|Screen Size||0.96 Inches|
|Item Dimensions LxWxH||3.2 x 1.2 x 1.6 inches|
|Item Weight||0.04 Kilograms|
|Battery Life||8760 Hours|
|Item Package Dimensions L x W x H||7.2 x 5.3 x 1 inches|
|Package Weight||0.09 Kilograms|
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3DTriSport Walking 3D Pedometer with Clip and Strap, Free eBook | 30 Days Memory, Accurate Step Counter, Walking Distance Miles/Km, Calorie Counter, Daily Target Monitor, Exercise Time.
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Purchase options and add-ons
|Screen Size||0.96 Inches|
|Item Dimensions LxWxH||3.2 x 1.2 x 1.6 inches|
|Item Weight||0.04 Kilograms|
|Battery Life||8760 Hours|
About this item
- ACCURATELY TRACK YOUR ACTIVITY – The 3DTriSport Walking 3D Pedometer uses the latest 3D Tri-Axis Sensor Technology to Track your Daily Activity with Superb Accuracy. Records your Steps (Walking & Running), Distance (Km & Miles), Calories Burned and Exercise Time. It also stores up to 30 Days of your Daily Records, Helping you keep Track of your Progress and stay Motivated to Achieve your Fitness Goals.
- EASY TO SET UP & USE – Looking for a Simple Pedometer to Set Up? The 3DTriSport Pedometer is the Perfect Choice! Easy to follow User Manual or watch the helpful Setup and Operation Videos to guide you through. No Bluetooth, Downloads or Smartphones Connections required. Perfect for all Ages (Adults, Seniors and Children).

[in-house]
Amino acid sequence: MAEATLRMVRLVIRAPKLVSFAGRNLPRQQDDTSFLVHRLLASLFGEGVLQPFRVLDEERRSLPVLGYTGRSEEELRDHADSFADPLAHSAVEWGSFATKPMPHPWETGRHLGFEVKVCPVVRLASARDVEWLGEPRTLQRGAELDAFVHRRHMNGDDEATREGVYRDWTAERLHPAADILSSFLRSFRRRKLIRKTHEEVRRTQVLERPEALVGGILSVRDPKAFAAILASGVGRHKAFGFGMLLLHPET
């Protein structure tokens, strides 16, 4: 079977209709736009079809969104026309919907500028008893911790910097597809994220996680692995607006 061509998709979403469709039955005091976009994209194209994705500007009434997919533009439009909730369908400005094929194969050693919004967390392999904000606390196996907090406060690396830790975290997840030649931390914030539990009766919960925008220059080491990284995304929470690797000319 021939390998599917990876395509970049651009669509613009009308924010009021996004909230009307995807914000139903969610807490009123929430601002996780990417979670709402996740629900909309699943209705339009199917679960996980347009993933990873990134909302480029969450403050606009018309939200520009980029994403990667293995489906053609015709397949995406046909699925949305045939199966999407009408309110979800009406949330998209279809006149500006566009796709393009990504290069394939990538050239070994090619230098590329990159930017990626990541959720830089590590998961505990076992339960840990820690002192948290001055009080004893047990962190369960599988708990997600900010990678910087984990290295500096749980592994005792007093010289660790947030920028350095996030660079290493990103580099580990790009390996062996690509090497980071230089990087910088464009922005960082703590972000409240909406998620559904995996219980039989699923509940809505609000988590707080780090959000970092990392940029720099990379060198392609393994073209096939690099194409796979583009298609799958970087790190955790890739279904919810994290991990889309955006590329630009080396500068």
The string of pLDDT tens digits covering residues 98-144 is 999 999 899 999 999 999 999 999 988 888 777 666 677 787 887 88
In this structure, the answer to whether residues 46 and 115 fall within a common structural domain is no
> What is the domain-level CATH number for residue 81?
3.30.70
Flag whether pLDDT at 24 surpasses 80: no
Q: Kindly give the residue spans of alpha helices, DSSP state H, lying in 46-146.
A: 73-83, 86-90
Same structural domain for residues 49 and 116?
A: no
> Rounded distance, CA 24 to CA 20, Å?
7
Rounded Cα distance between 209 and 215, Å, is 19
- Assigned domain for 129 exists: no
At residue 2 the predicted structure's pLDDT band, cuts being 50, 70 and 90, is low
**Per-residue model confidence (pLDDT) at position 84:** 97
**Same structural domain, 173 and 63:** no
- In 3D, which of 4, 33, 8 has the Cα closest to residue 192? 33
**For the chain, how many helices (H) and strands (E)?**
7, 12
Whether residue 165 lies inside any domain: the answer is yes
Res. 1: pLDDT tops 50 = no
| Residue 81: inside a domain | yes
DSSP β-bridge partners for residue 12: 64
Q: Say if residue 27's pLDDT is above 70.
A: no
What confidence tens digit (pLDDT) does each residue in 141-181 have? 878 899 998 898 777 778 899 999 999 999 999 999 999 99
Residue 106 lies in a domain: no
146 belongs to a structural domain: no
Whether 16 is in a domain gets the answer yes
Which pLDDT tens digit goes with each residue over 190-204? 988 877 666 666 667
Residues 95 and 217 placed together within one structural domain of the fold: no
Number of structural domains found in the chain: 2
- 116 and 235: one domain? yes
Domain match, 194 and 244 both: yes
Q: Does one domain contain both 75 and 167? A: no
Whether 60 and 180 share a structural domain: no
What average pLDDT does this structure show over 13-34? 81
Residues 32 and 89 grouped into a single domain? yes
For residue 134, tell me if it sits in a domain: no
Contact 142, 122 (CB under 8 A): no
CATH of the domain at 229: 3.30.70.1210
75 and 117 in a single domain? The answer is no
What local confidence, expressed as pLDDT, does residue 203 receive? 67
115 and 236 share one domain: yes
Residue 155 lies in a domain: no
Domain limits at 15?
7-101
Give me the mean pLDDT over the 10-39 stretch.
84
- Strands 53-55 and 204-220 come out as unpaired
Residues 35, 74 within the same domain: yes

- SMART & ACCURATE - With the latest 3D Tri-Axis Sensor Technology to Accurately Record your Activity in any position – Clip it to your Waist, wear it around your Neck with the included Lanyard or place it in your Pocket or Bag.
- ADDITIONAL FEATURES – Large clear Easy-to-Read Display, built-in Clock and Step Goal.
- EXCELLENT SUPPORT - Our Support is Friendly and Hassle Free. If you need Setup Support or have any questions we are here to Help You! Your Step Counter comes with an 18 Month Warranty. 100% Satisfaction Guaranteed.
Frequently bought together
Walk or Run your Way to Better Health!
Introducing the Top Rated 3DTriSport Walking 3D Pedometer by Realalt.
The 3DTriSport Walking 3D Pedometer is a great Motivator which can help you Achieve your Fitness Goals, perfect for Adults, Seniors and Children.
With the latest Tri-Accelerometer (Tri-Axis) Technology to Accurately Measure your Steps when Carried in any Position and can be Worn around your Neck by using the Lanyard included or can be placed in your Pocket or Bag.
Beautifully Compact and Lightweight, our step counter records Daily Steps (Walking & Running), Distance (KM & Miles), Calories Burned and Exercise Time, displayed on a Large Easy-to-Read screen.
The 3DTriSport Pedometer makes a Great Gift, and is a Popular choice for Walking groups and Work competitions/challenges.
Using the latest 3D Tri-Axis Sensor Technology to Track your Daily Activity with Superb Accuracy when carried in any position.
TRACK YOUR PROGRESS
Record your Daily Steps (Walking or Running), Distance (Km or Miles), Calories Burned and Exercise Time. Keep track of your progress with 30 Days Memory and Total Accumulated records. You can also set yourself a daily Step Target.
SIMPLE SETUP & OPERATION
No Bluetooth, Downloads or Smartphones Connections required. Easy to follow User Manual or watch the helpful Setup and Operational Videos to guide you through. Excellent customer support available.
MULTIPLE WEARING OPTIONS
Compact and Lightweight with a removable clip and Lanyard included. Clip to your Waist, wear around your Neck on the Lanyard or place in your Pocket or Bag.
Keep track of time with the built-in clock on the large easy-to-read display with one button mode browsing. Battery included and lasts up to 12 months, no charging required.